SPFL: 7 Players Celtic No Longer Need
A player can be deemed surplus to requirements for a variety of reasons. Some can be capable enough, but lack consistency. Others may be victims of having quality team-mates. And then there are those who are, quite simply, not good enough.
Celtic have used no less than 30 different players so far this season.
While most have contributed, with varying degrees of quality, to the Hoops' unbeaten league run, there are nonetheless several first-team members who are expendable.
Not necessarily "dead wood"—to employ the immensely popular footballing idiom—but dispensable nonetheless.
Here we take a look at Celtic's first-team squad members, including loanees, and suggest some of the players Neil Lennon's side could do just as well without.
As always, feel free to leave a comment if you feel any of the choices are misguided, someone glaringly obvious has been missed out or the analysis has been too disparaging (or hasn't been damning enough).
Despite a decent start to his time at Celtic, former Wolves centre-back Steven Mouyokolo has found his career—during which he has made only 89 appearances at the age of 27—once again undermined by serious injury.
It took just two competitive appearances before the Frenchman landed on the treatment table, this time with a ruptured Achilles tendon.
Early reports suggested the injury would keep him out until mid-February, but that now looks to have been a rather optimistic prediction.
He signed a one-year deal upon joining the club, meaning he will have less than three months to salvage his Celtic career.
Given the central defensive pairing of Efe Ambrose and Virgil van Dijk played an integral role in Fraser Forster breaking a club record by racking up twelve consecutive clean sheets—and considering utility man Charlie Mulgrew is at least as good as him—it's hard to make the argument that Mouyokolo is in any way important to the team.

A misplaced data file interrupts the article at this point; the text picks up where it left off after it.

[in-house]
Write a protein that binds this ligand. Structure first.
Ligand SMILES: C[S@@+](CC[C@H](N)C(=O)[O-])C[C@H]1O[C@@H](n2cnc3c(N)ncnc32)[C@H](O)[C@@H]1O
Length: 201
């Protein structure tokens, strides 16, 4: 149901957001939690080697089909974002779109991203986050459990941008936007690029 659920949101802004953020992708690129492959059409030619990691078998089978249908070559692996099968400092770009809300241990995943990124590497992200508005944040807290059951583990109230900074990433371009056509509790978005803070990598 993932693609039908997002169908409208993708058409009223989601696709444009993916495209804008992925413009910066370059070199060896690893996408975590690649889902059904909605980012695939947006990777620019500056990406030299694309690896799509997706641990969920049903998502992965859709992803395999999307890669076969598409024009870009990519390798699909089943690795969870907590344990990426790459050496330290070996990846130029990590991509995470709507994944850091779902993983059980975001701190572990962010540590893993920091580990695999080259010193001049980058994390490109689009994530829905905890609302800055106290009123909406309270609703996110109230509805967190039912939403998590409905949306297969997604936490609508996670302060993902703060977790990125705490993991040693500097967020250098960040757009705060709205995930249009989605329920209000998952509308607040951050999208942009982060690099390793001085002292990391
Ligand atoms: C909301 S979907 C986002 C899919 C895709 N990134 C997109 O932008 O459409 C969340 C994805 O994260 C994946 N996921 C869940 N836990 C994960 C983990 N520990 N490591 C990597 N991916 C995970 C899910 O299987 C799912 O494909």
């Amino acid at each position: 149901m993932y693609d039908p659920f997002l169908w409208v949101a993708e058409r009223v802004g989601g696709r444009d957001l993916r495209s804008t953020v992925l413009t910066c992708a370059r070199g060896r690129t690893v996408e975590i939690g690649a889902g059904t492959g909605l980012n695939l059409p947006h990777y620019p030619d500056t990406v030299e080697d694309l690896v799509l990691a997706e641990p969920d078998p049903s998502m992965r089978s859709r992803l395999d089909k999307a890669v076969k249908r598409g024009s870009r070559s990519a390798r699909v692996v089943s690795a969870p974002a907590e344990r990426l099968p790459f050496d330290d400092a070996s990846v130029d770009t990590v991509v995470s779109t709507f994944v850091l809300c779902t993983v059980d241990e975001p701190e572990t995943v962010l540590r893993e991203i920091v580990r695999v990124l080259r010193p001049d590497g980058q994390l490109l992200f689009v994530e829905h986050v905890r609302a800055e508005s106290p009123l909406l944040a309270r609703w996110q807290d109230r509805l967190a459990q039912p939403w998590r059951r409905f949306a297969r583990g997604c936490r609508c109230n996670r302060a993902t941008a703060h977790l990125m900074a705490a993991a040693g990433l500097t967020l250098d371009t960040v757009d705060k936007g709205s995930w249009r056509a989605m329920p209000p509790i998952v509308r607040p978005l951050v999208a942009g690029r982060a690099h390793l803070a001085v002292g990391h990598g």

However, while capable of playing as both a left-back and in central midfield, the 21-year-old looks increasingly unlikely to ever solidify a claim for either position.
The return to form of Emilio Izaguirre has rendered him almost irreplaceable at left-back, while Joe Chalmers, who is a year younger than Twardzik, has been loaned to Falkirk and is no more likely to stake a genuine claim for the spot.
And with the plethora of central midfielders at Neil Lennon's disposal, Twardzik is so far down the pecking order it almost seems crass to keep him at the club any longer.
At his height, Kayal forced club captain Scott Brown into playing as a right winger, such was his importance to the side.
Now, Neil Lennon seems happy to place new signings Stefan Johansen and Nir Biton above Kayal in the pecking order.
With just five league appearances this season and a glut of central midfielders to contend with, the 25-year-old has simply become an expendable part of Lennon's squad.
In the introductory slide, it was put forward that one reason a player may be deemed surplus to requirements is due to the quality of the other players in his position; Jackson Irvine is one such example of this.